It also seems that the recommended exposure index (REI/ISO) is being applied. Most cameras have a lower actual ISO than is reported by the camera and this is done to help avoid the harsh highlight clipping characteristics of digital sensors. Basically, the ISO is "set lower" because the manufacturers recommend slight undereposure. So now all of the channels are showing clipping (overexposure) and the luminance channel is getting closer.

And notice the luminance histogram, it also looks nothing like it "should." It looks more like a stackup of the RGB channels. Had I pushed this histogram right in order to "expose to the right" based upon the luminance histogram or the highlight warnings (blinkies) I would have severely clipped the blue channel. With highlight warning turned on I had no blinkies for luminance, but I did have some for all of the channels which matches the camera histograms. But it does not match the actual raw file. This is probably where "the extra headroom" in a raw file comes from.

Apparently, at least some Canon's have even worse behaviour as they will show a pixel as being clipped if any of the colors reads above ~250 and not 255. Here is a link to similar testing of a Canon 5D (item 9) and also mentions the 1Ds. 

Because this is really "a way of thinking" in how the manufacturers want to interpret/display the information I would suspect all cameras to have some extent of the same issues.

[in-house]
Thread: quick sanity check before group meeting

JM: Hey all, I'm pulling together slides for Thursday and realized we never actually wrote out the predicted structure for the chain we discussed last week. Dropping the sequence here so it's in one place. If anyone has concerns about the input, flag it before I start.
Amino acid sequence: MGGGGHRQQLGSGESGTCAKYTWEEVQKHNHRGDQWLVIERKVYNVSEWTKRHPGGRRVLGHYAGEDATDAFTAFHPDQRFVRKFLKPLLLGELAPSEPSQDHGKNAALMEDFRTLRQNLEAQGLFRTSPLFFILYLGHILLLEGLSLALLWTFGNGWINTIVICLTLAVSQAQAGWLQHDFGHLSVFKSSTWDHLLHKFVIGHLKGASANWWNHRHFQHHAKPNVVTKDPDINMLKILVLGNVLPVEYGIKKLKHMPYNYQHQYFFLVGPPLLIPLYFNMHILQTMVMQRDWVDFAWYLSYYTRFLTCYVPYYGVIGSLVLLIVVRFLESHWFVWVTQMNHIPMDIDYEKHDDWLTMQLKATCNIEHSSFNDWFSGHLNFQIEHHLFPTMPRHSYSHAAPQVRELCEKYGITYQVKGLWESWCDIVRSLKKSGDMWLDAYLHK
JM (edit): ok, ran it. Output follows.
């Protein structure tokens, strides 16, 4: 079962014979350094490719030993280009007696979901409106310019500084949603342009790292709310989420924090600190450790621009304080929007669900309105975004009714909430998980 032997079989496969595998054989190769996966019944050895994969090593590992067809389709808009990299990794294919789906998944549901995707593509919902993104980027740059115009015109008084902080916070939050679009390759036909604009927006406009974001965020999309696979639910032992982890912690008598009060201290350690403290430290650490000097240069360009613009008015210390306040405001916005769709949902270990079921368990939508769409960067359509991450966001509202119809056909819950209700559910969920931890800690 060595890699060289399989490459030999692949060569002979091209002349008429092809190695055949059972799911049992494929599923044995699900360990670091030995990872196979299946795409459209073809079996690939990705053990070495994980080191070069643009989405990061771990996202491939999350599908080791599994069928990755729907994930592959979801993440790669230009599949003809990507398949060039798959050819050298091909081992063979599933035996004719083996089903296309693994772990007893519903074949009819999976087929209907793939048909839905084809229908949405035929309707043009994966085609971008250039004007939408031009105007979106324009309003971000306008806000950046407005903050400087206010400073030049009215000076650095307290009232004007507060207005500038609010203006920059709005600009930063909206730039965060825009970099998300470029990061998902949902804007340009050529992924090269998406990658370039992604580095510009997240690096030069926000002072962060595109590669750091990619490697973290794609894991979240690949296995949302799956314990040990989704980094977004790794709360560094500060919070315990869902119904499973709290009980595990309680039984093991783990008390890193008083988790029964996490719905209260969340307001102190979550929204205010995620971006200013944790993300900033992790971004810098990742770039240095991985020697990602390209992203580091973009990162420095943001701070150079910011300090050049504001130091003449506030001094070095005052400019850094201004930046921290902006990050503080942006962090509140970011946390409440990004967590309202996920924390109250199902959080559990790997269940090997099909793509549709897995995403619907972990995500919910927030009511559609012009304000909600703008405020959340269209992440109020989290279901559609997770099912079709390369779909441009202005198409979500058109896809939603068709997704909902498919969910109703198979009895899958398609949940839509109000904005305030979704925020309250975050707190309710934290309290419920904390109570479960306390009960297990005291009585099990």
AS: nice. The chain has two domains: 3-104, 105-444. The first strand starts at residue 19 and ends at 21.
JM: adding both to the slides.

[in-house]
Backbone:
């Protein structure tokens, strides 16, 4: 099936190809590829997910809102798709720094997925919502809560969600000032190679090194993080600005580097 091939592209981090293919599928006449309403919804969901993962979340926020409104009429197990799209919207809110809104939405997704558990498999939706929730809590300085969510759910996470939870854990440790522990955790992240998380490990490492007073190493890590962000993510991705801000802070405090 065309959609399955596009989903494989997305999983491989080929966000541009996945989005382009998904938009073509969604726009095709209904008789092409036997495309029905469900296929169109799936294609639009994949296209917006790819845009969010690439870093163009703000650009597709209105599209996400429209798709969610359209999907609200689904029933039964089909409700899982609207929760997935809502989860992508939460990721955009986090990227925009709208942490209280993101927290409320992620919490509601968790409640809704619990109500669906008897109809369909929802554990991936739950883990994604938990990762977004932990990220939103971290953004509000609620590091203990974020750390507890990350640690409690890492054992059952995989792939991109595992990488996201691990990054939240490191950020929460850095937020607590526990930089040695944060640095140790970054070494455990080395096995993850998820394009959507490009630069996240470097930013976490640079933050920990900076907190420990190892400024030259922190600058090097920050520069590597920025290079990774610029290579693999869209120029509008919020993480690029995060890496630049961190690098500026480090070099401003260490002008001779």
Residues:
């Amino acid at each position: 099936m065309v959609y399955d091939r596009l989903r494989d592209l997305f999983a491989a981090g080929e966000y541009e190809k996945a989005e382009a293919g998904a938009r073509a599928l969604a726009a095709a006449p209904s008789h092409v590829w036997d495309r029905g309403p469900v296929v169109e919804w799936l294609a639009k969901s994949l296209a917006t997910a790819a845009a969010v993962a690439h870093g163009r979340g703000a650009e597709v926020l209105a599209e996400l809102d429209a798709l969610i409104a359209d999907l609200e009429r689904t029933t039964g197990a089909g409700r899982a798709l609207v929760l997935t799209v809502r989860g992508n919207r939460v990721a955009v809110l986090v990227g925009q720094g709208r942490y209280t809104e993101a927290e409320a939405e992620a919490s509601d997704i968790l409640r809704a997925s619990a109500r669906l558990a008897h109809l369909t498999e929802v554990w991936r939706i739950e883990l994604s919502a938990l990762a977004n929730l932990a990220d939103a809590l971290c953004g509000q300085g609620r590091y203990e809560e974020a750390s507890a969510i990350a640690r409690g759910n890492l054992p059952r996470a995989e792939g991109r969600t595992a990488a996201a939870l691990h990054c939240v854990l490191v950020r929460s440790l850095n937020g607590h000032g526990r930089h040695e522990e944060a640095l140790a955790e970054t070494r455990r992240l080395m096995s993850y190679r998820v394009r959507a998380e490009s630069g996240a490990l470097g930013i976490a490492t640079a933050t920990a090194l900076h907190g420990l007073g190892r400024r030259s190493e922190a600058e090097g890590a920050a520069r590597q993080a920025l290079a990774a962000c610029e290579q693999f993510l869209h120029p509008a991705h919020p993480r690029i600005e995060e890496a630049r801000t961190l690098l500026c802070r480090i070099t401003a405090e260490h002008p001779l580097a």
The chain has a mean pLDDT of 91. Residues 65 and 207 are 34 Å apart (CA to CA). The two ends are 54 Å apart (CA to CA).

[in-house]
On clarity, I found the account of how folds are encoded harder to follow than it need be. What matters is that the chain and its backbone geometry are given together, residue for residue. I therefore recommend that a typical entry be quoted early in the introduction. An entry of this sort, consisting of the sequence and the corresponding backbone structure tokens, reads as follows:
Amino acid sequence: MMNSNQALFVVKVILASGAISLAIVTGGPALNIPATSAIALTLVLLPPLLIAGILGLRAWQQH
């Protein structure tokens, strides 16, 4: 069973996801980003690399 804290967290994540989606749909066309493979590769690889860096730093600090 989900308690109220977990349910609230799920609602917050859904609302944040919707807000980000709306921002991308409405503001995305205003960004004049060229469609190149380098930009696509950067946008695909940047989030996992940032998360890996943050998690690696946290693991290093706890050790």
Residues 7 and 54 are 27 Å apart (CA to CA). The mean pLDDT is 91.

What do the manufacturers have to say about this? Here's the disclaimer in the Nikon owner's manual: "camera histograms are intended as a guide only and may differ from those displayed in imaging applications." I.e. differ from the real ones. Canon doesn't even bother to mention it.

So what does this mean really? I don't know, don't trust the histograms? I've gotten by for a very long time without using the histograms and simply judging the image itself as displayed. And by knowing I've got an extra couple of stops in the shadows and an extra stop in the highlights that are in the raw file (approximately). In fact, I don't review most of my images after capture at all. I suppose that is why I find it so "alarming" to learn that using the histograms could be so misleading.

And while anything climbing the right edge of a histogram is "clipped" and lost data, generally clipped highlights (luminance) is worse than having a single color clipped. And even some highlight clipping may be acceptable. For instance, I expect a hard specular highlight on chrome to be clipped/blown.

 

Or, you can use a Uni-WB(white balance) or Magic Lantern if you have a Canon EOS.

When using a Uni-WB your image review will look green, but the histograms will be much more accurate. I have found that using the "camera neutral" profile with everythig but contrast set to zero(middle), and contrast set to the maximum to be the most accurate.

 

But let's put this back into perspective. This test was designed to expose "issues" and the test image is not characteristic of the levels one would find in a typical scene. At least not all of them together. 


UPDATE: The particular behaviour seems to vary between brand and even camera model. My D4 has much less of an issue although it isn't 100% accurate either.